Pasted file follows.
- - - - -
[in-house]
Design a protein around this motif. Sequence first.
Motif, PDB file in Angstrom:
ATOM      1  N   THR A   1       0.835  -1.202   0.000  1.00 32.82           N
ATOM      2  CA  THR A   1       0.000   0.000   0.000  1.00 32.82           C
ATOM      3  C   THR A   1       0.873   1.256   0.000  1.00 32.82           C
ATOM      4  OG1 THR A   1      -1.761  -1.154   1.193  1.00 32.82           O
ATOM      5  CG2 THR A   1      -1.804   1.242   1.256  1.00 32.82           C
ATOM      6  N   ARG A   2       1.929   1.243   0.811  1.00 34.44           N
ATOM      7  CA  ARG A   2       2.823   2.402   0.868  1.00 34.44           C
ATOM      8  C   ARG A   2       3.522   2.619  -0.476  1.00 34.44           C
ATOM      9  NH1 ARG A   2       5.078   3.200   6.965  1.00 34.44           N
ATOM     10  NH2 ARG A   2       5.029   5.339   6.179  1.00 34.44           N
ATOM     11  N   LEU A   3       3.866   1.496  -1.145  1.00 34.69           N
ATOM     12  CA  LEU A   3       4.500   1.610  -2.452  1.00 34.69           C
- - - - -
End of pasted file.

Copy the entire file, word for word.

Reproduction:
[in-house]
Design a protein around this motif. Sequence first.
Motif, PDB file in Angstrom:
ATOM      1  N   THR A   1       0.835  -1.202   0.000  1.00 32.82           N
ATOM      2  CA  THR A   1       0.000   0.000   0.000  1.00 32.82           C
ATOM      3  C   THR A   1       0.873   1.256   0.000  1.00 32.82           C
ATOM      4  OG1 THR A   1      -1.761  -1.154   1.193  1.00 32.82           O
ATOM      5  CG2 THR A   1      -1.804   1.242   1.256  1.00 32.82           C
ATOM      6  N   ARG A   2       1.929   1.243   0.811  1.00 34.44           N
ATOM      7  CA  ARG A   2       2.823   2.402   0.868  1.00 34.44           C
ATOM      8  C   ARG A   2       3.522   2.619  -0.476  1.00 34.44           C
ATOM      9  NH1 ARG A   2       5.078   3.200   6.965  1.00 34.44           N
ATOM     10  NH2 ARG A   2       5.029   5.339   6.179  1.00 34.44           N
ATOM     11  N   LEU A   3       3.866   1.496  -1.145  1.00 34.69           N
ATOM     12  CA  LEU A   3       4.500   1.610  -2.452  1.00 34.69           C